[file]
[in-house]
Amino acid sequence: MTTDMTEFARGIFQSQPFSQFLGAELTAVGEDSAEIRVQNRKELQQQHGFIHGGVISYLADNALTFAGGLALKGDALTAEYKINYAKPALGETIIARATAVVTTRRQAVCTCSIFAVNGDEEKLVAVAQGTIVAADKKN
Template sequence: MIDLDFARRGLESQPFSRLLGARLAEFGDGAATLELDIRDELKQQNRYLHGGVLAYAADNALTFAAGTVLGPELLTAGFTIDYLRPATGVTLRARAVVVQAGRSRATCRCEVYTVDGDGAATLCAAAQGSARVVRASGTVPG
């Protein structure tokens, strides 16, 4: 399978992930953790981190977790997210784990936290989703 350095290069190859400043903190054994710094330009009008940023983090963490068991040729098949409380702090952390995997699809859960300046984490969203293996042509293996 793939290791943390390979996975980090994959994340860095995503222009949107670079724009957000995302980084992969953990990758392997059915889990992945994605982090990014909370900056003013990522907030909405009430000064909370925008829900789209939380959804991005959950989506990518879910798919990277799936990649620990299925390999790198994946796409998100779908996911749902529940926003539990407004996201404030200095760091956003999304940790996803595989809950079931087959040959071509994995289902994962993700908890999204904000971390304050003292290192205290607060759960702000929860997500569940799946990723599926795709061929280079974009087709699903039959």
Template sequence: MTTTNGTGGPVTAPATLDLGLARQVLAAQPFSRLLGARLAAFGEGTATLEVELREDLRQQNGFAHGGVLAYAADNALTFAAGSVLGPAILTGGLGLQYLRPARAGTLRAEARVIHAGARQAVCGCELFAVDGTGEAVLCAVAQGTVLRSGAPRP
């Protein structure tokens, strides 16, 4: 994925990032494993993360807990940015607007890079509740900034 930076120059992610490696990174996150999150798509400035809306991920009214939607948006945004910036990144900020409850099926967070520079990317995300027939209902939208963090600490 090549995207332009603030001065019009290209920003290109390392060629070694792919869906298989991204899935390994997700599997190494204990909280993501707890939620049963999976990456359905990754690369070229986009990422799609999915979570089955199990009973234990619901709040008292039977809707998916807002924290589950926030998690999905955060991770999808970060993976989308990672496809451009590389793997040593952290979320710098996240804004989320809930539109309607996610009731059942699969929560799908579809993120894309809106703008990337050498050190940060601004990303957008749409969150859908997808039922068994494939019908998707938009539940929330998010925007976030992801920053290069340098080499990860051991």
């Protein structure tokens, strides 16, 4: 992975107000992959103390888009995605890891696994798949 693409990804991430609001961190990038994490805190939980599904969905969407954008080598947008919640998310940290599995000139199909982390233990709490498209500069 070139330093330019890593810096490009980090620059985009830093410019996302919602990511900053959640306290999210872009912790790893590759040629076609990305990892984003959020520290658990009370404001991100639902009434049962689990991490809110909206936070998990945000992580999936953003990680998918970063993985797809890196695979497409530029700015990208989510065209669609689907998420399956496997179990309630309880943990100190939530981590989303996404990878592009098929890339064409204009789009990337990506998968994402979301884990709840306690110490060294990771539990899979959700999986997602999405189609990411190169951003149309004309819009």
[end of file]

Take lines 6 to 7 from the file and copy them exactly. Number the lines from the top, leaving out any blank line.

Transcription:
């Protein structure tokens, strides 16, 4: 994925990032494993993360807990940015607007890079509740900034 930076120059992610490696990174996150999150798509400035809306991920009214939607948006945004910036990144900020409850099926967070520079990317995300027939209902939208963090600490 090549995207332009603030001065019009290209920003290109390392060629070694792919869906298989991204899935390994997700599997190494204990909280993501707890939620049963999976990456359905990754690369070229986009990422799609999915979570089955199990009973234990619901709040008292039977809707998916807002924290589950926030998690999905955060991770999808970060993976989308990672496809451009590389793997040593952290979320710098996240804004989320809930539109309607996610009731059942699969929560799908579809993120894309809106703008990337050498050190940060601004990303957008749409969150859908997808039922068994494939019908998707938009539940929330998010925007976030992801920053290069340098080499990860051991």
């Protein structure tokens, strides 16, 4: 992975107000992959103390888009995605890891696994798949 693409990804991430609001961190990038994490805190939980599904969905969407954008080598947008919640998310940290599995000139199909982390233990709490498209500069 070139330093330019890593810096490009980090620059985009830093410019996302919602990511900053959640306290999210872009912790790893590759040629076609990305990892984003959020520290658990009370404001991100639902009434049962689990991490809110909206936070998990945000992580999936953003990680998918970063993985797809890196695979497409530029700015990208989510065209669609689907998420399956496997179990309630309880943990100190939530981590989303996404990878592009098929890339064409204009789009990337990506998968994402979301884990709840306690110490060294990771539990899979959700999986997602999405189609990411190169951003149309004309819009």